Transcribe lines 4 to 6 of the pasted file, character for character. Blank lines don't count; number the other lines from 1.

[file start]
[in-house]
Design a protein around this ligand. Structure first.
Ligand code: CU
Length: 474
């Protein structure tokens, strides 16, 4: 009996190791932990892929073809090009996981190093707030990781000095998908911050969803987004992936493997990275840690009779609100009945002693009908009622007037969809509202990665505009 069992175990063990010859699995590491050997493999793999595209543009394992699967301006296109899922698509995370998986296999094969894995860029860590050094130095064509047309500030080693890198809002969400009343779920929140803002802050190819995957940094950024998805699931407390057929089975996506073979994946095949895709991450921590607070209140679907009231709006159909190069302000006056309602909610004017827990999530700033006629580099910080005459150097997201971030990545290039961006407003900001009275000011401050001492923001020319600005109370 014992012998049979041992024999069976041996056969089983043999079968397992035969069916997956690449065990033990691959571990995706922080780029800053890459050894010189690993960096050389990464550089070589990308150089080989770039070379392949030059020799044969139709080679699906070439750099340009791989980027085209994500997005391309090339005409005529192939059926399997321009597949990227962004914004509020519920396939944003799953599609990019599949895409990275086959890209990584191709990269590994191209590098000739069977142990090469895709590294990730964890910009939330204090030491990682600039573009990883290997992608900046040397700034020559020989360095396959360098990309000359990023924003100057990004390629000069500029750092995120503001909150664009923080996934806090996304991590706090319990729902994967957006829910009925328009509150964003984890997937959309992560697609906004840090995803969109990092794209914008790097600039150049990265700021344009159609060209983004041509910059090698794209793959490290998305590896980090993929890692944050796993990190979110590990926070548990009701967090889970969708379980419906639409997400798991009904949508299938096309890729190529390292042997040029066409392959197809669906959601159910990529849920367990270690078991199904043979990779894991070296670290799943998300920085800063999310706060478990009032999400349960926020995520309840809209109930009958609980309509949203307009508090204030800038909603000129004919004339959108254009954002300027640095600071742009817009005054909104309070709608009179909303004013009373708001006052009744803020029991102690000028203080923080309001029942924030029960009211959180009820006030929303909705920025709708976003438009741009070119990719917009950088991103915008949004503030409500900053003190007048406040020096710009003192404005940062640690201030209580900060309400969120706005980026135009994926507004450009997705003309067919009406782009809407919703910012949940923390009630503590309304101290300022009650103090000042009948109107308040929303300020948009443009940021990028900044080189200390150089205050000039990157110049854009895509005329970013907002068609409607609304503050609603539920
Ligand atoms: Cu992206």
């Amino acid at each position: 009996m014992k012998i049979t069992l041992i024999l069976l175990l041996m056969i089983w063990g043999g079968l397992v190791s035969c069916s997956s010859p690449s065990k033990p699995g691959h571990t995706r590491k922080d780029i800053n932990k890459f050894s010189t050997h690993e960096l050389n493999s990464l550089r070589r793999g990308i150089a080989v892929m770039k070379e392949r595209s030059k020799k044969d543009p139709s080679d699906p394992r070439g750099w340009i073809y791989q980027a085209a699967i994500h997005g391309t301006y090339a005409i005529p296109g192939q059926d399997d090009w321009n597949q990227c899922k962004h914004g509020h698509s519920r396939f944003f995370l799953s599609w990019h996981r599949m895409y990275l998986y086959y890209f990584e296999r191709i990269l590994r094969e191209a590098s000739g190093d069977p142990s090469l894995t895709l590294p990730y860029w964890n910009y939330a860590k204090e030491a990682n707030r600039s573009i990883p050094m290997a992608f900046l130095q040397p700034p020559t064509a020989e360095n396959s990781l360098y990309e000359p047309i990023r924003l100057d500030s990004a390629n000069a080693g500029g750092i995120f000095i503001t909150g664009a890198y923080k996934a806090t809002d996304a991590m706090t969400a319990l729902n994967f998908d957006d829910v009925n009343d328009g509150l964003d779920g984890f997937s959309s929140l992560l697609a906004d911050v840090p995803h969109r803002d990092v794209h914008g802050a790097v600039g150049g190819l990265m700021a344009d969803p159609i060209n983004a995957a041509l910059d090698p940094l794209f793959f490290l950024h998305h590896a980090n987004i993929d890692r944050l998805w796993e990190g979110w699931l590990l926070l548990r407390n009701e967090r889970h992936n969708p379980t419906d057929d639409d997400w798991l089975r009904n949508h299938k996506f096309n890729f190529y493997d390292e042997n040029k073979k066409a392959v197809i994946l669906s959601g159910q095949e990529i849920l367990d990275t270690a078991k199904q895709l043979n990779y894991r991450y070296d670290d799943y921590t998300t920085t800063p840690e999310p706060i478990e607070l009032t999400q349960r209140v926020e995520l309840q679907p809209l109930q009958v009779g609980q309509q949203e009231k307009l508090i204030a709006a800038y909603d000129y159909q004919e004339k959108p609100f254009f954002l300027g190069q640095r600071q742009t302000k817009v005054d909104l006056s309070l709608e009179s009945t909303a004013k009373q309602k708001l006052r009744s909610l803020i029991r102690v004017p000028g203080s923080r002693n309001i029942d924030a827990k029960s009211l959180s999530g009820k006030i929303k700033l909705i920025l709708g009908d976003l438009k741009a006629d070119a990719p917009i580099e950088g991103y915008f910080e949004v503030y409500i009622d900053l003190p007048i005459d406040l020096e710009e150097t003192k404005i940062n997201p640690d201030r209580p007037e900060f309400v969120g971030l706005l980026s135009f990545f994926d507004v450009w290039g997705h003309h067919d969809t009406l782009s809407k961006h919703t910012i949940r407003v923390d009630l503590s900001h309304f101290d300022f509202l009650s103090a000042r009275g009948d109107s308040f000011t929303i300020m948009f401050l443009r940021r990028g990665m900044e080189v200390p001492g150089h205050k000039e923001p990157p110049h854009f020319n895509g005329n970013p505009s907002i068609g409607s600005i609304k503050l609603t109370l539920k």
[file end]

Length: 474
């Protein structure tokens, strides 16, 4: 009996190791932990892929073809090009996981190093707030990781000095998908911050969803987004992936493997990275840690009779609100009945002693009908009622007037969809509202990665505009 069992175990063990010859699995590491050997493999793999595209543009394992699967301006296109899922698509995370998986296999094969894995860029860590050094130095064509047309500030080693890198809002969400009343779920929140803002802050190819995957940094950024998805699931407390057929089975996506073979994946095949895709991450921590607070209140679907009231709006159909190069302000006056309602909610004017827990999530700033006629580099910080005459150097997201971030990545290039961006407003900001009275000011401050001492923001020319600005109370 014992012998049979041992024999069976041996056969089983043999079968397992035969069916997956690449065990033990691959571990995706922080780029800053890459050894010189690993960096050389990464550089070589990308150089080989770039070379392949030059020799044969139709080679699906070439750099340009791989980027085209994500997005391309090339005409005529192939059926399997321009597949990227962004914004509020519920396939944003799953599609990019599949895409990275086959890209990584191709990269590994191209590098000739069977142990090469895709590294990730964890910009939330204090030491990682600039573009990883290997992608900046040397700034020559020989360095396959360098990309000359990023924003100057990004390629000069500029750092995120503001909150664009923080996934806090996304991590706090319990729902994967957006829910009925328009509150964003984890997937959309992560697609906004840090995803969109990092794209914008790097600039150049990265700021344009159609060209983004041509910059090698794209793959490290998305590896980090993929890692944050796993990190979110590990926070548990009701967090889970969708379980419906639409997400798991009904949508299938096309890729190529390292042997040029066409392959197809669906959601159910990529849920367990270690078991199904043979990779894991070296670290799943998300920085800063999310706060478990009032999400349960926020995520309840809209109930009958609980309509949203307009508090204030800038909603000129004919004339959108254009954002300027640095600071742009817009005054909104309070709608009179909303004013009373708001006052009744803020029991102690000028203080923080309001029942924030029960009211959180009820006030929303909705920025709708976003438009741009070119990719917009950088991103915008949004503030409500900053003190007048406040020096710009003192404005940062640690201030209580900060309400969120706005980026135009994926507004450009997705003309067919009406782009809407919703910012949940923390009630503590309304101290300022009650103090000042009948109107308040929303300020948009443009940021990028900044080189200390150089205050000039990157110049854009895509005329970013907002068609409607609304503050609603539920
Ligand atoms: Cu992206």